For nonprofit agencies, there are generally two ways of growing: organically, which takes longer and is more detailed, or through strategic partnerships with other nonprofits. This chapter focuses on a wide range of strategic partnerships. Few nonprofits in the sector, other than hospitals and insurers, enter into strategic partnerships, and far fewer merge or affiliate with other nonprofits. The Public Health Management Corporation (PHMC), however, is one of the rare nonprofit health and human service organizations that has been engaged in mergers and affiliations in the past 20 years. Environmental factors such as increased organizational competition or decreased foundation or donor funding encourage nonprofits to contemplate mergers. Nonprofit mergers provide a variety of benefits including the opportunity for expanded social impact. Merged nonprofits can roll together annual audits, combine insurance programs, and consolidate staffs and boards. Mergers and affiliations are one way that organizations are attempting to temper competition.
This chapter provides examples of programs and services beyond the foundational elements and global resources that can be used to overcome traditional nursing research barriers. It is assumed that at least one doctorate-prepared nurse researcher is available to facilitate research opportunities and educate nurses about research and evidence-based practice. Many clinical nurses fully understand their clinical roles but are completely unaware of opportunities and resources in nursing research within their hospital. Since contributions of nursing research are vital to the science and art of nursing and provide foundation for evidence-based practices, it is important to overcome the traditional cluster of barriers that include problems with nursing research visibility/priority, time and money, and research education. Nurses need confirmation that nurse leaders support research; when it is visible, it is valued. Moreover, nurses need time, education, and resources to complete rigorous research that leads to discoveries and answers to important clinical problems.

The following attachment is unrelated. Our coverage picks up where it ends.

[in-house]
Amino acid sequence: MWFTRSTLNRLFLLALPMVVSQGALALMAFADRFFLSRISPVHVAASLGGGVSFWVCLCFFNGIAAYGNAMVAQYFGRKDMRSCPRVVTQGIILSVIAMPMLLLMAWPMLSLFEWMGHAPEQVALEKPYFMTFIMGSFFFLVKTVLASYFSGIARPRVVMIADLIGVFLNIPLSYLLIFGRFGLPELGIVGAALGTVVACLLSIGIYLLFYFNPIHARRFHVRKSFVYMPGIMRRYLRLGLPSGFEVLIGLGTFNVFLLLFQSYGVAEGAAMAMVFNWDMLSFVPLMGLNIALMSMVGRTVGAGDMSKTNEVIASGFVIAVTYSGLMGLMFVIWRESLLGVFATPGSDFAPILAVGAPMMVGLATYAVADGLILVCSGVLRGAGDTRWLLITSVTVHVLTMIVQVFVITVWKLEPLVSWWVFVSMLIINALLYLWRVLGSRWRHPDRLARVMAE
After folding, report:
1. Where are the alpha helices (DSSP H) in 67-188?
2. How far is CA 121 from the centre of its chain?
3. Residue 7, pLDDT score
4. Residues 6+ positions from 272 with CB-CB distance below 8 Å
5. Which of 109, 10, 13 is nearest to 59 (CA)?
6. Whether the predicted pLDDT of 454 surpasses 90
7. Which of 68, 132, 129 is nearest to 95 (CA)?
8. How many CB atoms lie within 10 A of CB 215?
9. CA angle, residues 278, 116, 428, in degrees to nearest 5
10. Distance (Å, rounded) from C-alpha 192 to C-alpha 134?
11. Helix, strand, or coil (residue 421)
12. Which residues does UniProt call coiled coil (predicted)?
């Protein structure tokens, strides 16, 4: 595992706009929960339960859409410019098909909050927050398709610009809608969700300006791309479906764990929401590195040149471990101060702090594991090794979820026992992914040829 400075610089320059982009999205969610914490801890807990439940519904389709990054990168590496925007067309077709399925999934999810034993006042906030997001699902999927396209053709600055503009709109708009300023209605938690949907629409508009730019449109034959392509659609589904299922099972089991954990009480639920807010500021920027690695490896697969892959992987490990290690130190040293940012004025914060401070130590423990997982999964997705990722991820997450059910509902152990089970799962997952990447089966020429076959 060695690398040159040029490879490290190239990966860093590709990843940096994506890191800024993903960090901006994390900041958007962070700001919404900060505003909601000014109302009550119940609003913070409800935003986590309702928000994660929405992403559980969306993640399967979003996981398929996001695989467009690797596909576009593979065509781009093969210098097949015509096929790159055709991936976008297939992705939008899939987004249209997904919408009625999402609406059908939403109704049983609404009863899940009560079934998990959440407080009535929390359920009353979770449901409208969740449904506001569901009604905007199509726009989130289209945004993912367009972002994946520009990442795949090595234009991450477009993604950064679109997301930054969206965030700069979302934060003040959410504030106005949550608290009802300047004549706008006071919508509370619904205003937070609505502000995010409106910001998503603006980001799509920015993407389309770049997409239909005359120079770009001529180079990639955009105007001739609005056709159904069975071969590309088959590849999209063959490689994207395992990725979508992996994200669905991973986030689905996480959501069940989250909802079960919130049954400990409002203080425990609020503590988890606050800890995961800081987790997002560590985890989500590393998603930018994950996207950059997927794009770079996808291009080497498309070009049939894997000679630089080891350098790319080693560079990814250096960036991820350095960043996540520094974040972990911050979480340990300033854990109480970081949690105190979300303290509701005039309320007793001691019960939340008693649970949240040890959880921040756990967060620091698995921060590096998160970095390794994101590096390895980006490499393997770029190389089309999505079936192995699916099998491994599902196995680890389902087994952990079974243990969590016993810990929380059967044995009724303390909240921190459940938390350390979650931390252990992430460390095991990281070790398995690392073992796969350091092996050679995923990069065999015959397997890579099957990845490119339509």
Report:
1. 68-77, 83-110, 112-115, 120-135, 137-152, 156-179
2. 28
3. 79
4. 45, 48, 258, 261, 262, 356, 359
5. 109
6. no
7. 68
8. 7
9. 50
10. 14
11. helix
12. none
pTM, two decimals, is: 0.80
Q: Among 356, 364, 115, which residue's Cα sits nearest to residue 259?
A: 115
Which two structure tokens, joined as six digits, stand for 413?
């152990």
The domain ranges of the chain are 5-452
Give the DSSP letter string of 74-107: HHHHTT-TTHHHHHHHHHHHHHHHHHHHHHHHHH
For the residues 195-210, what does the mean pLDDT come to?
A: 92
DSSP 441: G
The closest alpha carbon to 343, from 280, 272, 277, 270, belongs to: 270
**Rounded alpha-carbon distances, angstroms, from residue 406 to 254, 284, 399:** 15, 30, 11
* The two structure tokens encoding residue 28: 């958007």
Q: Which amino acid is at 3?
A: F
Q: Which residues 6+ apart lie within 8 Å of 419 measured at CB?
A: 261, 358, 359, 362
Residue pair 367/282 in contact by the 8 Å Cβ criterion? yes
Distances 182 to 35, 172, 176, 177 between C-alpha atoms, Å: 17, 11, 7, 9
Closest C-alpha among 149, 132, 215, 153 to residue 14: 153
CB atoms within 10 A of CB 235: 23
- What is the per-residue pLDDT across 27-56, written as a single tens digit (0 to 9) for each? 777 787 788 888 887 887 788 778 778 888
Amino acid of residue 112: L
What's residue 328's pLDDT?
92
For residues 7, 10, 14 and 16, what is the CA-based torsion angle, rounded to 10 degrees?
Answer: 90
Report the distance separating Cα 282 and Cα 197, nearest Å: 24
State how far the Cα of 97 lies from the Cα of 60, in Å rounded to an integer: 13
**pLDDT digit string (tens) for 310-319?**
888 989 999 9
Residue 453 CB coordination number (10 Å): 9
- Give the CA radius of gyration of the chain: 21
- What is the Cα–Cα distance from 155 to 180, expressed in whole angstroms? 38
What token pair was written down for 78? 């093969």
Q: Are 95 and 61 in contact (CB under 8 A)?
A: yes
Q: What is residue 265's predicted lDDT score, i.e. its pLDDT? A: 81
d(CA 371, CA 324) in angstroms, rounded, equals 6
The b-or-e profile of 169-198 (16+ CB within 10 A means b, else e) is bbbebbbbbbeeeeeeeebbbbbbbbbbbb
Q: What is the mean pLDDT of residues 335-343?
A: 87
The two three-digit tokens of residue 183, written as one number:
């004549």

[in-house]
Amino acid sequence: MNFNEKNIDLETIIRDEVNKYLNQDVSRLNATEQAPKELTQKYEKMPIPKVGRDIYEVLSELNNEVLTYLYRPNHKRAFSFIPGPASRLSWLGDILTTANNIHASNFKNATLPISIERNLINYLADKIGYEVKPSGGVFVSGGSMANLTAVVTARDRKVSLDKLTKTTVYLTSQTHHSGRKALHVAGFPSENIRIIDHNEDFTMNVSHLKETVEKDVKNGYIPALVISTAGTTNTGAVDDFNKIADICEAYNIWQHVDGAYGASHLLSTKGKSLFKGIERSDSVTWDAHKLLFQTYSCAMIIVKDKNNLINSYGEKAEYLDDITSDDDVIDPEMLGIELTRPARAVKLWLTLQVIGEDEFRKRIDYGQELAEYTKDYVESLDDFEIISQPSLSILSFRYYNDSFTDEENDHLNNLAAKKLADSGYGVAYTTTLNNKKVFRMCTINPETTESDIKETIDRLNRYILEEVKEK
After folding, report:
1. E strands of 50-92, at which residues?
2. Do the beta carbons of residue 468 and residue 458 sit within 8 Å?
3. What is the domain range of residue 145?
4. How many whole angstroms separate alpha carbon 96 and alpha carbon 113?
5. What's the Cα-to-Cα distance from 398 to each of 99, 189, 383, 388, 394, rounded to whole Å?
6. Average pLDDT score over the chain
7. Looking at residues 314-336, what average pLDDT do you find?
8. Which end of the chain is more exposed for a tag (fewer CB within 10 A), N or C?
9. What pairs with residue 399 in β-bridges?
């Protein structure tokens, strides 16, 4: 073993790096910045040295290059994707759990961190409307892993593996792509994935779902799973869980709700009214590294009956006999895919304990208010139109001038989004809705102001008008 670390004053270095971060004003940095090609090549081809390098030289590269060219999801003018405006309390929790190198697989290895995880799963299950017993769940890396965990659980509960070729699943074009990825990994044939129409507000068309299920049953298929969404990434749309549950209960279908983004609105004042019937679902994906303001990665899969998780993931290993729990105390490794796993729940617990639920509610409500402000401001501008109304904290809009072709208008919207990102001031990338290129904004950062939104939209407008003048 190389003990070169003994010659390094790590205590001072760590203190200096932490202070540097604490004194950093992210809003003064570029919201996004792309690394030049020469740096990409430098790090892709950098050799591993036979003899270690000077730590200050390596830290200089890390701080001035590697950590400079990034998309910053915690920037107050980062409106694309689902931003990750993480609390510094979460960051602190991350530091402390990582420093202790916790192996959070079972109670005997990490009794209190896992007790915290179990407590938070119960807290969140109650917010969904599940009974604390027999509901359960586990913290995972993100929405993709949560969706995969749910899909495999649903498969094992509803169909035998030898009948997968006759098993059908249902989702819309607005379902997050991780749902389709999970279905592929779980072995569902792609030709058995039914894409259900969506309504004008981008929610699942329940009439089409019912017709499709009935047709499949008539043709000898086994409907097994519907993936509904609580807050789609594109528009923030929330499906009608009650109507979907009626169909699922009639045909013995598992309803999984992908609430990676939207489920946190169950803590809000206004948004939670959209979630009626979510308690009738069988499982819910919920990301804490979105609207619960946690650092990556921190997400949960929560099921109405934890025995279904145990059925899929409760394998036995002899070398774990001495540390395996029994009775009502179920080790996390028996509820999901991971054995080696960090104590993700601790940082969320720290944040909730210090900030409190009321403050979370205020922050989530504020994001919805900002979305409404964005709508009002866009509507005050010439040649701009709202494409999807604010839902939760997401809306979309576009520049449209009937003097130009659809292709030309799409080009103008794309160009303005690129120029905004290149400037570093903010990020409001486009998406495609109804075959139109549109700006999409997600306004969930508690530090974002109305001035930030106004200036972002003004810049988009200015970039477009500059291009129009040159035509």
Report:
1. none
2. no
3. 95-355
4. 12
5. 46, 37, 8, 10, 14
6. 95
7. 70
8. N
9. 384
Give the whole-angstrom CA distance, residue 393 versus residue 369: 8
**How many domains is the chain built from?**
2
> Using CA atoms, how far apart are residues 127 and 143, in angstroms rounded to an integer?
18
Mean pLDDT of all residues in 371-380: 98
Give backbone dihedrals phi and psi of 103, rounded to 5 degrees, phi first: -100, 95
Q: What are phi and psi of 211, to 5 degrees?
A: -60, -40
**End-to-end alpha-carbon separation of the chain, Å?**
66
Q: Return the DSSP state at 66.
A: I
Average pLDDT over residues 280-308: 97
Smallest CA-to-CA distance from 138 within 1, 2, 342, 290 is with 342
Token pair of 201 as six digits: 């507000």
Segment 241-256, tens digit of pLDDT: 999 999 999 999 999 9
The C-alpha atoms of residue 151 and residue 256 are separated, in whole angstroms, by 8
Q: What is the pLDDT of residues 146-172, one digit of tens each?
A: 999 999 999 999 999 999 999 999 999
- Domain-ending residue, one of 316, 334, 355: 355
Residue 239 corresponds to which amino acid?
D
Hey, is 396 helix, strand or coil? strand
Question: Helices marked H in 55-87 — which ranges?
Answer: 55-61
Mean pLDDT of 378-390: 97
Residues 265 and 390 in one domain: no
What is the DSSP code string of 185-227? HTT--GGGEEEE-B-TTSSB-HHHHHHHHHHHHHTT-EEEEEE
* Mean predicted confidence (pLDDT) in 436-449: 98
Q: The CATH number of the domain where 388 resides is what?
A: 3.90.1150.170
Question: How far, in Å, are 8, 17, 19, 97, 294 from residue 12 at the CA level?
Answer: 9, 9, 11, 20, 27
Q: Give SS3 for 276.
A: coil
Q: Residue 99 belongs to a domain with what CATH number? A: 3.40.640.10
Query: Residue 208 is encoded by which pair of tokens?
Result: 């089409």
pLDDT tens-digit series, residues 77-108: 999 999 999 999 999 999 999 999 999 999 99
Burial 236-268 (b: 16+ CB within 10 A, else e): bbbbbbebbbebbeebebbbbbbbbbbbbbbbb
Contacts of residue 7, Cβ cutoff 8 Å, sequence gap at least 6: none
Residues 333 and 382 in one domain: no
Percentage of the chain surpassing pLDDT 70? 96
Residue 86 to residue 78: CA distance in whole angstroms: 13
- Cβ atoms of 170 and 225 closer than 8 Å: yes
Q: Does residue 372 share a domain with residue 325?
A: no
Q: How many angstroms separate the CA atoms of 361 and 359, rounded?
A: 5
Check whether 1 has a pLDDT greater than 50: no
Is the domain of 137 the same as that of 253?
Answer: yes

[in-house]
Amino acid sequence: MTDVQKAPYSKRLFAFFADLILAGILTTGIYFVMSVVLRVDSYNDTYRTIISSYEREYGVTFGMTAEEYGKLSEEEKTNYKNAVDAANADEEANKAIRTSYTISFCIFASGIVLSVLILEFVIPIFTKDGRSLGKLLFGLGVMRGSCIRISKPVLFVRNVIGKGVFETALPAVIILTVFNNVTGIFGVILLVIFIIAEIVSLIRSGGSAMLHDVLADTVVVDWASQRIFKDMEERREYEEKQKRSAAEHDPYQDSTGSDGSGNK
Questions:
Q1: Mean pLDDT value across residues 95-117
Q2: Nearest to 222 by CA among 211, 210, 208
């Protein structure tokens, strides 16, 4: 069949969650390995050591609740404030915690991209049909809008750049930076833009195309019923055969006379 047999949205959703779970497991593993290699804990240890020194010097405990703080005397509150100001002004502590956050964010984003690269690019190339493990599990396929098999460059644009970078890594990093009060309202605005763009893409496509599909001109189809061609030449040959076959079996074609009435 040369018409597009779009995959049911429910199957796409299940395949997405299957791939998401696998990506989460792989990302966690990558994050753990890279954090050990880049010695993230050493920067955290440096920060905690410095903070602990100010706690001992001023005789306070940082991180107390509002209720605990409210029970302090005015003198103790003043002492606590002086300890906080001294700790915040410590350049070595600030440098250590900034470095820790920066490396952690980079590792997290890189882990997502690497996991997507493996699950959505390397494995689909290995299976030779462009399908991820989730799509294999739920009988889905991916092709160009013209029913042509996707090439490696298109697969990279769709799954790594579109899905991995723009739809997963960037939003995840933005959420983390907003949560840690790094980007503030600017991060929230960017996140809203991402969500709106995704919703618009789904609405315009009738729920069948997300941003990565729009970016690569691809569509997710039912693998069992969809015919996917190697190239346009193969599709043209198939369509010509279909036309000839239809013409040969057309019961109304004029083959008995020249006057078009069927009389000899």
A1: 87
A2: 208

This chapter addresses the need for dissemination of research and focuses on dissemination both inside the hospital organization and outside. Disseminating results of research is often the most exciting phase of the process, as it is the culmination and highlight of countless hours of work. Common areas for dissemination internally include presentations to colleagues on people’s unit, as well as across hospital organization. Internal presentations offer a direct way for people to provide new evidence for practice in their hospital organization. In addition, however, it is important that results of their research reach nurses and other health professionals nationally and internationally. Thus, people want to participate in media dissemination of their research, systematically look for calls for abstracts to present at professional conferences, and disseminate their research through professional publications. Disseminating results, whether internally or externally, by media, poster, oral presentation, or publication, requires effort and attention to detail.
- Go to chapter: When the Unthinkable Happens: A Mindfulness Approach to Perinatal and Pediatric Death
This chapter explores traumatic grief and loss and discusses various treatments for it. It focuses on mindfulness-based interventions for specific use in traumatic grief with bereaved parents. Traumatic grief appears relatively responsive to the psychosocial approach, particularly when it includes exposure elements, such as retelling the story of the loss, reutilization, and building tolerance to the emotions associated with loss. More recently, Thieleman, Cacciatore, and Hill have presented evidence for a mindfulness-based, psychosocial approach for specific use in traumatic grief with bereaved parents. Western culture’s interest in mindfulness has grown exponentially, and practices have been integrated into a variety of general, psychotherapeutic treatment approaches including acceptance and commitment therapy (ACT), dialectical behavioral therapy (DBT), mindful- ness-based cognitive therapy (MBCT), and mindfulness-based stress reduction (MBSR). Of all mindfulness practices, one of the most cost-effective strategies to help providers working with bereaved parents is meditation.